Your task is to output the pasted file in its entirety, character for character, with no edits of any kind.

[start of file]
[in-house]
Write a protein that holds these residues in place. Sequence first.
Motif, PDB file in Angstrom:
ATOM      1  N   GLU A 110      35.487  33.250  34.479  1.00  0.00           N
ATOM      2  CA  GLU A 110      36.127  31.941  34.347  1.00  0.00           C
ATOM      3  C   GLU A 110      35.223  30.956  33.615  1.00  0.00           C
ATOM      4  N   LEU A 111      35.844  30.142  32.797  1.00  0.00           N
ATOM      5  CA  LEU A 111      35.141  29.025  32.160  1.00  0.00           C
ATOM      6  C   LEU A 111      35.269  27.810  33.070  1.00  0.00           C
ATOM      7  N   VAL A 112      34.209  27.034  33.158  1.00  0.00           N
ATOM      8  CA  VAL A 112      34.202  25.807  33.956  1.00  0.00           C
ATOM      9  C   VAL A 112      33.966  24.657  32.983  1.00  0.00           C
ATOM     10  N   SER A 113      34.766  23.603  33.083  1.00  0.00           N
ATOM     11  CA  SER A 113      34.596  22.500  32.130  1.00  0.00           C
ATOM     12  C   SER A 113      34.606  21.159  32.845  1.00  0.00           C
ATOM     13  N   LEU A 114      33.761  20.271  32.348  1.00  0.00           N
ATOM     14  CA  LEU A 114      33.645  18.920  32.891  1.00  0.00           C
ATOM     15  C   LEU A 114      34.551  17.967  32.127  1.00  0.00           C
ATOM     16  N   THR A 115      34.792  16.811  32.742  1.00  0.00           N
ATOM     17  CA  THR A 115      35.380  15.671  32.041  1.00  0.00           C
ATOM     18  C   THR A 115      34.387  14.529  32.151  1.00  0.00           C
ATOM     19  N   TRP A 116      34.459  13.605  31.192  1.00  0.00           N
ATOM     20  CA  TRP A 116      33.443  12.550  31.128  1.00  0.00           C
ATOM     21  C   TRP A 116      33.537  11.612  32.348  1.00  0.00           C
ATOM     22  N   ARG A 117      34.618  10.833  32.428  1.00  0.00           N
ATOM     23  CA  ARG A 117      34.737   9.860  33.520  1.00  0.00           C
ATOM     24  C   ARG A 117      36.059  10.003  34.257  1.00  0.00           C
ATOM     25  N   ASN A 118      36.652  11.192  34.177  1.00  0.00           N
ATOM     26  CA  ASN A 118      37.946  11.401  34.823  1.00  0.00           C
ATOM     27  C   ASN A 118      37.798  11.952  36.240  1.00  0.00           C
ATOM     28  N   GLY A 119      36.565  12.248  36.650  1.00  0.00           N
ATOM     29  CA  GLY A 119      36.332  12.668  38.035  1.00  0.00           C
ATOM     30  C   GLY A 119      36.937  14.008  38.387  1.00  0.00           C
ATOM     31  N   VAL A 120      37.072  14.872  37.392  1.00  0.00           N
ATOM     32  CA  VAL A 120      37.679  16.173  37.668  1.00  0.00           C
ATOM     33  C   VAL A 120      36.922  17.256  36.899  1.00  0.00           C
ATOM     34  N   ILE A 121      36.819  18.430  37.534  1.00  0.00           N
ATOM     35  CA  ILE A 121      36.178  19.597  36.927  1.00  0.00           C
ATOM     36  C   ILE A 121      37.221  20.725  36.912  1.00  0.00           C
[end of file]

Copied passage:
[in-house]
Write a protein that holds these residues in place. Sequence first.
Motif, PDB file in Angstrom:
ATOM      1  N   GLU A 110      35.487  33.250  34.479  1.00  0.00           N
ATOM      2  CA  GLU A 110      36.127  31.941  34.347  1.00  0.00           C
ATOM      3  C   GLU A 110      35.223  30.956  33.615  1.00  0.00           C
ATOM      4  N   LEU A 111      35.844  30.142  32.797  1.00  0.00           N
ATOM      5  CA  LEU A 111      35.141  29.025  32.160  1.00  0.00           C
ATOM      6  C   LEU A 111      35.269  27.810  33.070  1.00  0.00           C
ATOM      7  N   VAL A 112      34.209  27.034  33.158  1.00  0.00           N
ATOM      8  CA  VAL A 112      34.202  25.807  33.956  1.00  0.00           C
ATOM      9  C   VAL A 112      33.966  24.657  32.983  1.00  0.00           C
ATOM     10  N   SER A 113      34.766  23.603  33.083  1.00  0.00           N
ATOM     11  CA  SER A 113      34.596  22.500  32.130  1.00  0.00           C
ATOM     12  C   SER A 113      34.606  21.159  32.845  1.00  0.00           C
ATOM     13  N   LEU A 114      33.761  20.271  32.348  1.00  0.00           N
ATOM     14  CA  LEU A 114      33.645  18.920  32.891  1.00  0.00           C
ATOM     15  C   LEU A 114      34.551  17.967  32.127  1.00  0.00           C
ATOM     16  N   THR A 115      34.792  16.811  32.742  1.00  0.00           N
ATOM     17  CA  THR A 115      35.380  15.671  32.041  1.00  0.00           C
ATOM     18  C   THR A 115      34.387  14.529  32.151  1.00  0.00           C
ATOM     19  N   TRP A 116      34.459  13.605  31.192  1.00  0.00           N
ATOM     20  CA  TRP A 116      33.443  12.550  31.128  1.00  0.00           C
ATOM     21  C   TRP A 116      33.537  11.612  32.348  1.00  0.00           C
ATOM     22  N   ARG A 117      34.618  10.833  32.428  1.00  0.00           N
ATOM     23  CA  ARG A 117      34.737   9.860  33.520  1.00  0.00           C
ATOM     24  C   ARG A 117      36.059  10.003  34.257  1.00  0.00           C
ATOM     25  N   ASN A 118      36.652  11.192  34.177  1.00  0.00           N
ATOM     26  CA  ASN A 118      37.946  11.401  34.823  1.00  0.00           C
ATOM     27  C   ASN A 118      37.798  11.952  36.240  1.00  0.00           C
ATOM     28  N   GLY A 119      36.565  12.248  36.650  1.00  0.00           N
ATOM     29  CA  GLY A 119      36.332  12.668  38.035  1.00  0.00           C
ATOM     30  C   GLY A 119      36.937  14.008  38.387  1.00  0.00           C
ATOM     31  N   VAL A 120      37.072  14.872  37.392  1.00  0.00           N
ATOM     32  CA  VAL A 120      37.679  16.173  37.668  1.00  0.00           C
ATOM     33  C   VAL A 120      36.922  17.256  36.899  1.00  0.00           C
ATOM     34  N   ILE A 121      36.819  18.430  37.534  1.00  0.00           N
ATOM     35  CA  ILE A 121      36.178  19.597  36.927  1.00  0.00           C
ATOM     36  C   ILE A 121      37.221  20.725  36.912  1.00  0.00           C